Last week we covered choosing the best point of view character for your story. This week, we're going to look at the various types of POV: first person, second.
Different Types Of Point Of View. When you are just starting a new project, one of the first things you must decide is which point of view to use. Last week we covered choosing the best point of view character for your story. This week, we're going to look at the various types of POV: first person, second person, third person, and omniscient. First Person Point Of View:. First person is used when the main character is telling the story. This is the kind that uses the "I" narrator.
As a reader, you can only experience the story through this person's eyes. So you won't know anything about the people or events that this character hasn't personally experienced. First Person Peripheral: This is when the narrator is a supporting character in the story, not the main character. It still uses the "I" narrator but since the narrator is not the protagonist, there are events and scenes that will happen to the protagonist that the narrator will not have access to. Second Person Point Of View:. Second person point of view is generally only used in instructional writing. It is told from the perspective of "you".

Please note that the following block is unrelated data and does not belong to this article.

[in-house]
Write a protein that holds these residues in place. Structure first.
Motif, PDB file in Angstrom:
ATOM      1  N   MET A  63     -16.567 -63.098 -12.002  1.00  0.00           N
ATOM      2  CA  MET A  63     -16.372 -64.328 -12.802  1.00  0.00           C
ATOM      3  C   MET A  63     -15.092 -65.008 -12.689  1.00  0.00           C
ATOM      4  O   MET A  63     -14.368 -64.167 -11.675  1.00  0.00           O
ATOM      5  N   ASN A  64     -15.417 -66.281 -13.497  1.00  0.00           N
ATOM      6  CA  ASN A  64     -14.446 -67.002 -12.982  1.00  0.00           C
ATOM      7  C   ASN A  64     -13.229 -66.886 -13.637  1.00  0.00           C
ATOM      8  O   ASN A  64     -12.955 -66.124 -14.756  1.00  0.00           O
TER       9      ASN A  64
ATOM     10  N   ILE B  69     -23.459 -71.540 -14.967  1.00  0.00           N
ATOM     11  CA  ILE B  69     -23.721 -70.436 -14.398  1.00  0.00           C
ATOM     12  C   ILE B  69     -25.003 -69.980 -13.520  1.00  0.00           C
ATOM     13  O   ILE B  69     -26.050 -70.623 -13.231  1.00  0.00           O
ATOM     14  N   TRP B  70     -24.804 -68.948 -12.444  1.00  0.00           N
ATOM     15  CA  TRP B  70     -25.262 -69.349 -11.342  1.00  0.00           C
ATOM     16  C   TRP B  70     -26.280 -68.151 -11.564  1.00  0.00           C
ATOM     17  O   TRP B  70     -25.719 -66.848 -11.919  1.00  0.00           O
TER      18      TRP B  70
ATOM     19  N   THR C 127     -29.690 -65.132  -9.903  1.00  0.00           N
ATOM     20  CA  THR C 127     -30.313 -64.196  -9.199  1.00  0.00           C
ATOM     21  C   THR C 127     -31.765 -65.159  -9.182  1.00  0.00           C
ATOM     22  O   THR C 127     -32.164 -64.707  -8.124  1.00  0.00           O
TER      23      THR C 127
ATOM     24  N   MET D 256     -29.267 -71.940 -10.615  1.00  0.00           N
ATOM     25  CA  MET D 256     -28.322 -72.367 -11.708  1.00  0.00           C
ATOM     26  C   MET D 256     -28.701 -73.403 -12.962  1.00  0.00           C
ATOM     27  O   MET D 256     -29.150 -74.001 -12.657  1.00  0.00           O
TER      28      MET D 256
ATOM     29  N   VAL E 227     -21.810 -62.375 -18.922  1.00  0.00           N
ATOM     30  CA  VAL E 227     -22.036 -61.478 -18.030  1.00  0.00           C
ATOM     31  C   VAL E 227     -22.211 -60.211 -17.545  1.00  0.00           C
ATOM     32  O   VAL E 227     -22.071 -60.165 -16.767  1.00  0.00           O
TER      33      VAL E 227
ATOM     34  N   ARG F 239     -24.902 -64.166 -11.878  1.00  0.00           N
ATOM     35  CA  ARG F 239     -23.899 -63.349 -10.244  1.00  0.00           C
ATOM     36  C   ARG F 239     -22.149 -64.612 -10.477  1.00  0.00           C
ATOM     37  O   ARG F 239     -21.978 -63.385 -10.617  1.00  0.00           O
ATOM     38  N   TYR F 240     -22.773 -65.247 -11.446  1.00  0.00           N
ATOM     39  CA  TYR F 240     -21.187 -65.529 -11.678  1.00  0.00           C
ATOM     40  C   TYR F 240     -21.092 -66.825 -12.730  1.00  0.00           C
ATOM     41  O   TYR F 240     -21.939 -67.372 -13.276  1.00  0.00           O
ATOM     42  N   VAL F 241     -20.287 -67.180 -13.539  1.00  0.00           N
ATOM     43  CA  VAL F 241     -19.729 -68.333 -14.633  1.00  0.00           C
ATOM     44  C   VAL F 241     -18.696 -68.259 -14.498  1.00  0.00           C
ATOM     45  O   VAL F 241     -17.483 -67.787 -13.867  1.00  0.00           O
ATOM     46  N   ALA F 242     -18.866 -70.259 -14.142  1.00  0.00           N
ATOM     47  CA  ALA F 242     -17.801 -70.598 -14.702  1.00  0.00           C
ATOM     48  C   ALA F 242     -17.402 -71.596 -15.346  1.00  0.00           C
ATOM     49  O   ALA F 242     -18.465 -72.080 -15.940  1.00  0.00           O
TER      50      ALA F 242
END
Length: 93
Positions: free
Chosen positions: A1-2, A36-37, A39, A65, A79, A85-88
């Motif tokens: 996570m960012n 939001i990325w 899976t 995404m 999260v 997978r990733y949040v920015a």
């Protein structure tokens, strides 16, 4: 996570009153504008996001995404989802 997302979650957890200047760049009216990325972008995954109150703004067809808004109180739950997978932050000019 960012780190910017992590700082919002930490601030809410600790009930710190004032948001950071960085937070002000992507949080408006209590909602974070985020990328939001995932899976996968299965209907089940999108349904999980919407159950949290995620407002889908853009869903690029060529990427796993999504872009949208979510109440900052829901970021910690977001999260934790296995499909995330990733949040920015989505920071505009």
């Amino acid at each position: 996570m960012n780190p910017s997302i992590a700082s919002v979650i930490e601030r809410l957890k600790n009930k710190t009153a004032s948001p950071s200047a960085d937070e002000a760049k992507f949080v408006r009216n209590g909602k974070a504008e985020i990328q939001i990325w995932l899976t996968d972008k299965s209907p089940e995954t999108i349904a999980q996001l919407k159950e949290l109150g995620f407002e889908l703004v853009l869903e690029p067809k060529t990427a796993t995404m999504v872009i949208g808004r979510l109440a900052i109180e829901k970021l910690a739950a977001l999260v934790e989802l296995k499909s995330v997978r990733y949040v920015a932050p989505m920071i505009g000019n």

Third Person Point Of View:. Third person POV is used when your narrator is not a character in the story. Third person uses the "he/she/it" narrator and it is the most commonly used POV in writing. There are 3 main types of Third Person POV:. Third Person Limited: Limited means that the POV is limited to only one character. Which means that the narrator only knows what that character knows. With third person limited you can choose to view the action from right inside the character's head, or from further away, where the narrator has more access to information outside the protagonist's viewpoint.
Third Person Multiple: This type is still in the "he/she/it" category, but now the narrator can follow multiple characters in the story. The challenge is making sure that the reader knows when you are switching from one character to another. Make the switch obvious with chapter or section breaks.
Third Person Omniscient: This point of view still uses the "he/she/it" narration but now the narrator knows EVERYTHING. The narrator isn't limited by what one character knows, sort of like the narrator is God. The narrator can know things that others don't, can make comments about what's happening, and can see inside the minds of other characters. Personally I am most comfortable using Third Person Omniscient POV. It's the only one that flows naturally for me. What about you? Which POV do you prefer to use.
Last week we covered choosing the best point of view character for your story. This week, we're going to look at the various types of POV: first person, second. " Point of view " (or p.o.v.) is the perspective from which a story is told. Let's say we' re These different perspectives are called " points of view." In prose and.
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